My four year old, Dylan, was quietly playing with some toys on the floor and I relished a few peaceful moments before the baby was due to wake… until I realised from what I was reading on my phone that Dylan was sitting wrong. Yes – you read it correctly. Sitting wrong.
Courtesy of my social media feed I had fallen into an alarming article and discovered that you can actually SIT WRONG. So my four year old is safe, happy and quiet, but now I feel like I have to interrupt him to coach him to sit correctly.
Dylan was sitting with his bottom between his legs with his knees and feet on the floor with the feet pointing outward – what I have learnt now is called ‘W-Sitting’. Apparently ‘W-Sitting’ impacts on development of the pelvis or knee joints or whether my child will become president of the world or something. So now I need to WORRY about it.
Right to Wrong
Not only are there are things I discover out of the blue that are wrong, but even things I think are right are can be considered wrong.
I happily washed my baby’s hair most nights…until I read that it is not good to do it every night and I should restrict it to once a week at the most. Their tiny scalps are very sensitive and too much chemicals and rubbing can damage them or something like that. Gah.
I still do make the bed every morning but now I know that millions of tiny dust mites are thriving in the dark recesses of my tidily made bed and are feeding off my dead skin cells and sweat and potentially contributing to asthma and allergy problems. Although I have discovered in the past few months that an unmade bed exposes the mites to light and will help to kill them, I still cannot leave the covers down each day. I have instead learnt to feel bad about making the bed each day – something I used to feel good about.
I even discovered watching a TED talk that using a car seat for my little one could make little difference in the event of a serious accident. So something that I think I am doing completely right – and still believe is mandatory at all times – can still be considered ‘wrong’ by someone somewhere.
Wrong to Right
To counter all this, I have discovered a few things that I used to feel bad about can be considered acceptable. For example, I read that crying is can be considered to be good for babies as it helps their lungs develop. I am of course not advocating leaving your baby to cry for hours, but if you are in the middle of some ablutions and cannot attend to your darling for a few minutes, now you can think – ‘At least his lungs are forming better’. Good for you.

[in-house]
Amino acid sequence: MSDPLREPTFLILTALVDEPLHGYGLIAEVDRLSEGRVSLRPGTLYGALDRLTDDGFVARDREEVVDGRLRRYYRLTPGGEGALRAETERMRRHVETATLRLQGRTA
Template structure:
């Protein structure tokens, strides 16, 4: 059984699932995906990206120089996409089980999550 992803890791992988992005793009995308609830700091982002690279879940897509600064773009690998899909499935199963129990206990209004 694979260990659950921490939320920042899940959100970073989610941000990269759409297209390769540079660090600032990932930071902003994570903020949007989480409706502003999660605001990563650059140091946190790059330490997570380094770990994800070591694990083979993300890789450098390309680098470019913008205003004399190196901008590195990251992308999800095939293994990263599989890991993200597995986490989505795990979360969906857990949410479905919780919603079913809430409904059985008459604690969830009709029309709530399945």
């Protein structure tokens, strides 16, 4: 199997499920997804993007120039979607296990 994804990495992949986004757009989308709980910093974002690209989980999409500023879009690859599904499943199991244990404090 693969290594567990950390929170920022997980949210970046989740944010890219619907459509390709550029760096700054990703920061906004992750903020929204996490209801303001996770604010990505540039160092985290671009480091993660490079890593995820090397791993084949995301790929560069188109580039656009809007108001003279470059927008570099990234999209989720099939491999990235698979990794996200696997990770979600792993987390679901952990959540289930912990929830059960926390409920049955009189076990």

And I found out from my dental hygienist that it is perfectly okay for my baby or toddler to chew on their toothbrush and not look like they are in any way making a sophisticated attempt to brush their teeth. Apparently chewing on their toothbrush massages the teeth and gums plus it gets the child used to the feel of the toothbrush and into the habit of brushing their teeth which is really the important focus at a very young age.
Pick Your Wrong
Of course, one way to fix this is to never read anything on parenting ever again. The information age obviously has a lot to answer for. But I like reading and will continue with it regardless. So what are the alternatives?
Maybe all we need to do is realise that, as parents, we will be told we are wrong no matter what we do. So we need to pick what we care about and what we don’t. Pick your wrong. I for one will put up my hand to admit that I have never, ever flossed my kids’ teeth. After all, if we did everything we were supposed to do as a parent we would never leave the house.
Also know that if we worry about this stuff all we are doing is stressing ourselves out which is not good for anyone concerned. We feel guilty which is the most useless of all emotions. Guilty for what – caring too much?
The Flip Side
If we are getting down to this type of trivial stuff, these minutiae of parenting, then we really must be doing all the important stuff RIGHT. Let us not worry about W-sitting, making beds or chewing on toothbrushes.
Our kids have food in their tummies, a roof over their heads and they know they are loved – unheard of luxuries for far too many children in the world.
You read this stuff because you want to parent in the best way possible. You feel bad sometimes because you care. And you constantly want to do right because you love your child so much it is ridiculous.
And all that love and kindness simply cannot be wrong.